GTL: Why do you think your book would be a good choice for a book club pick?

JM: Because each story leaves room for readers to have their own interpretation and experience of the piece, and everyone’s will differ. The opportunity for discussion and the comparison of opinions is endless. Flash fiction is a rising genre in the literary world. As more book clubs take note of its appeal, it’s only going to grow. I’m very excited for its future.

Interested in sharing your journey as a writer? Reach out via email: and get your story out there.


  1. A question to both of you I guess, writer and teacher. How do you feel about the school of writers who sit at their desks at the same time each day and treat their writing as work?


    • Hey, Bill. As someone trained in both fiction writing and teaching, I would say that creating habits is really helpful, and that can be sitting at one’s desk each day at an assigned time. I do something similar with reading and blogging by setting page goals each day. I know lots of bloggers have stated that that seems like “work,” but I do believe that writing and reading ARE work. Just because it’s pleasurable doesn’t mean it’s not work, and just because it’s not pleasurable doesn’t mean it’s not worth doing. When I read about bloggers who get into a writing or reading (or both) slump, I wonder if they have goals that they meet each day. I’ve been doing Grab the Lapels for six years without a single break of any kind. The longest between posts has been something like 9 days, when I was my very busiest during the academic year. I do know writers who have done some wacky things to continue the writing habit with the approach that they must sit at the writing desk every day. One lady would read a poem and then light a candle. One would get writer’s block but had a goal to write each day, and so she would open a blank document on her computer and write a description of her carpet (and did that for several days because she was so stuck). I firmly believe that a lot of writers are people who experience more anxiety and depression than is average (when I arrived at my MFA program one woman asked directly, “What meds are you on? We’re all on meds.”), so bringing some structure to their writing goals can be helpful.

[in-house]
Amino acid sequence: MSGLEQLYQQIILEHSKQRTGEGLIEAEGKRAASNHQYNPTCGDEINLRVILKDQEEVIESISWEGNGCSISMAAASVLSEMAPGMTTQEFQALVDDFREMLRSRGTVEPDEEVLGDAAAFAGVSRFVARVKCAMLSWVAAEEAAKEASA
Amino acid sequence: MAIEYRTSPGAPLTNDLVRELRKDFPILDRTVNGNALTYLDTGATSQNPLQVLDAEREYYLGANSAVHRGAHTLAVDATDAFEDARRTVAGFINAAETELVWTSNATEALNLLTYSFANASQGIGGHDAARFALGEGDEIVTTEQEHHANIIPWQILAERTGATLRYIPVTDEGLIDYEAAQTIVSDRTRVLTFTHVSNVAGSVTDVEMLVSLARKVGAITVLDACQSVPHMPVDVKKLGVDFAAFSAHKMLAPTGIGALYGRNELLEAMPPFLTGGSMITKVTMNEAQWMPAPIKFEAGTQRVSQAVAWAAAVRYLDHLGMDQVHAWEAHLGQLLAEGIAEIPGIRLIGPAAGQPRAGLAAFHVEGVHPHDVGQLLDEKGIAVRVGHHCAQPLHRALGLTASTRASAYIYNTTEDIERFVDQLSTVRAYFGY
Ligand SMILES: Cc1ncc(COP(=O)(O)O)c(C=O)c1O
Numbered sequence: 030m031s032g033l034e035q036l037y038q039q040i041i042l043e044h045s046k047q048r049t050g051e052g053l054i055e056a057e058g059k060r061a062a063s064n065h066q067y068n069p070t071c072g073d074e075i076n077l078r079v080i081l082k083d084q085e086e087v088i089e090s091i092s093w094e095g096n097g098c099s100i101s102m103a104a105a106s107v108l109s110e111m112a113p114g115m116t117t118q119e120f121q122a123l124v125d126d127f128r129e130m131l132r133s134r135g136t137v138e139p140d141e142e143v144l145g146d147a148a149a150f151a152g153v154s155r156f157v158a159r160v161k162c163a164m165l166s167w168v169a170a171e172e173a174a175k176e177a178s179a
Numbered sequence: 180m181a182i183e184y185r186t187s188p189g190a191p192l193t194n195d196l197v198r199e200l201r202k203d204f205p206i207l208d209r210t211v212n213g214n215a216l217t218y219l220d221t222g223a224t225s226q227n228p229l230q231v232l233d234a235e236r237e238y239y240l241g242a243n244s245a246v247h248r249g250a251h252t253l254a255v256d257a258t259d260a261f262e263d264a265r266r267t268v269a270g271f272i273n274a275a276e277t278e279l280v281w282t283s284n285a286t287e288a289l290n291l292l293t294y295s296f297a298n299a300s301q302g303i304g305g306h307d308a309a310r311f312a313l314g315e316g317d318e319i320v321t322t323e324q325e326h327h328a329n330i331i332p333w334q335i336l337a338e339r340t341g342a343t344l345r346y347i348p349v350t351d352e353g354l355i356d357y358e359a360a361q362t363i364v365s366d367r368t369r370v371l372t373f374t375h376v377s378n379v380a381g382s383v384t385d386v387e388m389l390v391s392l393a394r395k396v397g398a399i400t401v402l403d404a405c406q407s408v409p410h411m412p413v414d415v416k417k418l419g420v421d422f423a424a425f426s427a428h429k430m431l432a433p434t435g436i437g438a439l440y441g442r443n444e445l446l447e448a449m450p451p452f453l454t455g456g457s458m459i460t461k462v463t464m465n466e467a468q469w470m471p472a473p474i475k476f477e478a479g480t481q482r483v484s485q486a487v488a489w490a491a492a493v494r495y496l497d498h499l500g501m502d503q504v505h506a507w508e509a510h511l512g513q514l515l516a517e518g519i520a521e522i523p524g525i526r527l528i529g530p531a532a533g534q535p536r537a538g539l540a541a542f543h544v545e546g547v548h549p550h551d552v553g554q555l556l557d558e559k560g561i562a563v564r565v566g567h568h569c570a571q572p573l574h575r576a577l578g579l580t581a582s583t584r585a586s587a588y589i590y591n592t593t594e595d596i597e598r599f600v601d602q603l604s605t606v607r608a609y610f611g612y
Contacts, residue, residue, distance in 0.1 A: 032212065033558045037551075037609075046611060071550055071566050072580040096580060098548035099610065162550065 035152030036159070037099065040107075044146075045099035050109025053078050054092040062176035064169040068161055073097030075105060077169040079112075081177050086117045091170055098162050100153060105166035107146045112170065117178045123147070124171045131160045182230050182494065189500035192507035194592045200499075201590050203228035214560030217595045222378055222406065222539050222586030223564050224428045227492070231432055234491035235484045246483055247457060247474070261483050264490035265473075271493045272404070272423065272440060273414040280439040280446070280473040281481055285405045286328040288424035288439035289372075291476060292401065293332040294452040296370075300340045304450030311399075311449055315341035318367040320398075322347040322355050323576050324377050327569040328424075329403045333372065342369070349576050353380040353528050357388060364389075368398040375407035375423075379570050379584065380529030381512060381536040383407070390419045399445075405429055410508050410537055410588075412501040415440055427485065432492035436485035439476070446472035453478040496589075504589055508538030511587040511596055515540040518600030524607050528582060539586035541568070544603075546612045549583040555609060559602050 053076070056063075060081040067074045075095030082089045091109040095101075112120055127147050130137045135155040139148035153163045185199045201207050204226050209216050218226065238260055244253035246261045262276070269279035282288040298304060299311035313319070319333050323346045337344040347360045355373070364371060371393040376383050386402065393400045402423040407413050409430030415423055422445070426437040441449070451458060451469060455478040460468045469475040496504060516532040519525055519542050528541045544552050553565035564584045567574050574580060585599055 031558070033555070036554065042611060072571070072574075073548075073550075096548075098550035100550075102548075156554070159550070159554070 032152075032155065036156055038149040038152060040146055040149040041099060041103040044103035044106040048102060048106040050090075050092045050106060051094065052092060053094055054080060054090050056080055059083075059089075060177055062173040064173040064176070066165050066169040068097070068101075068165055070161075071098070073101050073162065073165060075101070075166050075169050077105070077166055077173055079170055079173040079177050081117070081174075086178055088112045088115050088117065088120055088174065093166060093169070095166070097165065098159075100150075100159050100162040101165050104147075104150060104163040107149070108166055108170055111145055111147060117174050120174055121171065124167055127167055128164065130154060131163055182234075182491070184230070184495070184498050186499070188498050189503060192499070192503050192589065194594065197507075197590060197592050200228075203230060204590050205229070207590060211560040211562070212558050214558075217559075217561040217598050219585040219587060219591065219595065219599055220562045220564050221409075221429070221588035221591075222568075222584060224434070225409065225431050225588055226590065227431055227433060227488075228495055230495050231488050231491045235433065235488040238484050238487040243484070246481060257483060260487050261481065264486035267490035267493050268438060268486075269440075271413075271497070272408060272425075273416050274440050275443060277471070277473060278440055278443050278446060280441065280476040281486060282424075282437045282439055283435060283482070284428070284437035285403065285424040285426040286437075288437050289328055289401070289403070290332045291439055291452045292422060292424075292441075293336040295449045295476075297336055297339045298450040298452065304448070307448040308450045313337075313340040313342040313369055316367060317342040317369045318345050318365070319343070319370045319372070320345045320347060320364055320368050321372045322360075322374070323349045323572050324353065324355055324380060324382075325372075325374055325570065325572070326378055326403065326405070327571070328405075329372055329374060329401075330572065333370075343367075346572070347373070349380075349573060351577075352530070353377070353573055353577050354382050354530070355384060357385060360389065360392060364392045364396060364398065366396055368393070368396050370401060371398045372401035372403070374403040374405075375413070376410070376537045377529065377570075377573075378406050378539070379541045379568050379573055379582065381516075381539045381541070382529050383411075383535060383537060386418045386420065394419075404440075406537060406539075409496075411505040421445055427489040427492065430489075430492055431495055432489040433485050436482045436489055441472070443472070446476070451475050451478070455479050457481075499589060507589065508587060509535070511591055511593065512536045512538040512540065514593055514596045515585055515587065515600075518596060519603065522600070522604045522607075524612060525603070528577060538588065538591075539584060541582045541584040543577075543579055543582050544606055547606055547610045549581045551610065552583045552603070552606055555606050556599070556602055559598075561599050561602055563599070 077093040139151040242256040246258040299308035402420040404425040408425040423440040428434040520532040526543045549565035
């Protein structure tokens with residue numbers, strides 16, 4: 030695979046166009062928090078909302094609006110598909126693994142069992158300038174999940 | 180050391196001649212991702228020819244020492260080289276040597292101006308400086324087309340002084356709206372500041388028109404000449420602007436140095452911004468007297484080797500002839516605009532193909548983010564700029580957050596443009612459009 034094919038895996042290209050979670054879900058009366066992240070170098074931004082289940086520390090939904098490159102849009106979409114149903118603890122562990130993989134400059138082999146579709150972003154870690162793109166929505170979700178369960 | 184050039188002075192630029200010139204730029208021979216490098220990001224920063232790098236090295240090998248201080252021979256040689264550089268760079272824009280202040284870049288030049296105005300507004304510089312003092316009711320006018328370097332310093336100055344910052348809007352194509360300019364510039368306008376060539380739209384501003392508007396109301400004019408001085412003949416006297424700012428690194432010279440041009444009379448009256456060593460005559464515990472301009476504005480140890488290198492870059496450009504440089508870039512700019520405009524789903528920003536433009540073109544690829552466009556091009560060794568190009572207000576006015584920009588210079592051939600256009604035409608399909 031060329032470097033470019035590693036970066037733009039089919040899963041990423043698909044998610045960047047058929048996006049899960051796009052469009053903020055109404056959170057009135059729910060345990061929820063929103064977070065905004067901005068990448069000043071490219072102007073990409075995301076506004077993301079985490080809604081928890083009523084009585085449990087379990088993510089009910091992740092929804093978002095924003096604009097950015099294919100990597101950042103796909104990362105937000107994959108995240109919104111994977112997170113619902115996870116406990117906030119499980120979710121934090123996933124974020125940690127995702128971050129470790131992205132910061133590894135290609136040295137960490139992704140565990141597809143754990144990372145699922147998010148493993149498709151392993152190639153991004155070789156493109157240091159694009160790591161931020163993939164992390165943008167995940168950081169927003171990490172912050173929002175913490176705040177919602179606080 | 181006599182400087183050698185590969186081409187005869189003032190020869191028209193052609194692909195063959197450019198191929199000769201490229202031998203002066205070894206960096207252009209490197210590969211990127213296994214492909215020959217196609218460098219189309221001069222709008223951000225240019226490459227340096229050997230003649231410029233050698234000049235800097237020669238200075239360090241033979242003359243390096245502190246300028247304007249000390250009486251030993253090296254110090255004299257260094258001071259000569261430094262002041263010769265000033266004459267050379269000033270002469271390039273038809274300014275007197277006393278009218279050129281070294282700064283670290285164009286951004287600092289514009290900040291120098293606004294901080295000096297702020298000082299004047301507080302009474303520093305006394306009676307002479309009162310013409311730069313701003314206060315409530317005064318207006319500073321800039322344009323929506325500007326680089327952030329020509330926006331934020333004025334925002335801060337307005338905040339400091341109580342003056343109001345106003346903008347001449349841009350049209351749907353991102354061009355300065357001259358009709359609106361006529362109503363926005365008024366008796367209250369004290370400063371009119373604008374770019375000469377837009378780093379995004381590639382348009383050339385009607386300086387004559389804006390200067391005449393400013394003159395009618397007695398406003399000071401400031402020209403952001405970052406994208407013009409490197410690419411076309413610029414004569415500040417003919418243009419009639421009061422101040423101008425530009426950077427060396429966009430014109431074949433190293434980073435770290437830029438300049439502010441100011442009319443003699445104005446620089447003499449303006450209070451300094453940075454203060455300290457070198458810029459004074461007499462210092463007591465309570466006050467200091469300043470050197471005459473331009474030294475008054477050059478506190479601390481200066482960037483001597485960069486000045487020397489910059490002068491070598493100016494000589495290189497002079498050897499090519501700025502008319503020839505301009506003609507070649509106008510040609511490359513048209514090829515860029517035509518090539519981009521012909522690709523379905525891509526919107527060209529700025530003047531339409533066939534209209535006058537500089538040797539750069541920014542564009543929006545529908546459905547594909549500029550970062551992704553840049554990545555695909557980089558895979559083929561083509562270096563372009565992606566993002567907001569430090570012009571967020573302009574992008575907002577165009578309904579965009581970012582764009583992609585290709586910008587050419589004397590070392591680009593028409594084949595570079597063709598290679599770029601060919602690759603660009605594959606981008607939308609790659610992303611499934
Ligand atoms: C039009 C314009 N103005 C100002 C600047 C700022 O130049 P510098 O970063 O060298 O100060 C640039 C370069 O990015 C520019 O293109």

• Thanks Melanie, that was a great answer – and it reminds of a post you did a few years ago about the work you have to put into commenting – on your own and other sites – to create a successful blog. I can generally knock out a post on demand as it were, but doing one where the writing is special seems to occur both infrequently and unpredictably.


        • I think you’re referring to my “account-a-buddy.” We used to write every Sunday together, first in person and then over video chat when he moved away. But you’re right, maintaining a blog with high activity requires a lot of work, almost like a part-time job. I know some people comment on loads of posts, but unless they are interesting comments, the interaction is stopped abruptly. I don’t need people to reiterate to me what I wrote in my post, for instance.


    • Hi, Liz. I no longer write movies, but doing so definitely influences my flash fiction. For one thing, my use of imagery is strong because I’m used to thinking in pictures. Also, movies are made up of hundreds of scenes where you enter after the action has started, need to move the story along, and then cut away before a conclusion and leave the viewer having had a strong emotional component. The microfiction in Tender Cuts is very much along that order. I hope you’ll give it a read.

      Liked by 1 person

  2. Hello, Jayne! It’s interesting to read about your varied life experiences and how you became a writer. I agree that we tend to take ourselves too seriously sometimes.

    (Hi, Melanie! This is a great feature).

    Liked by 1 person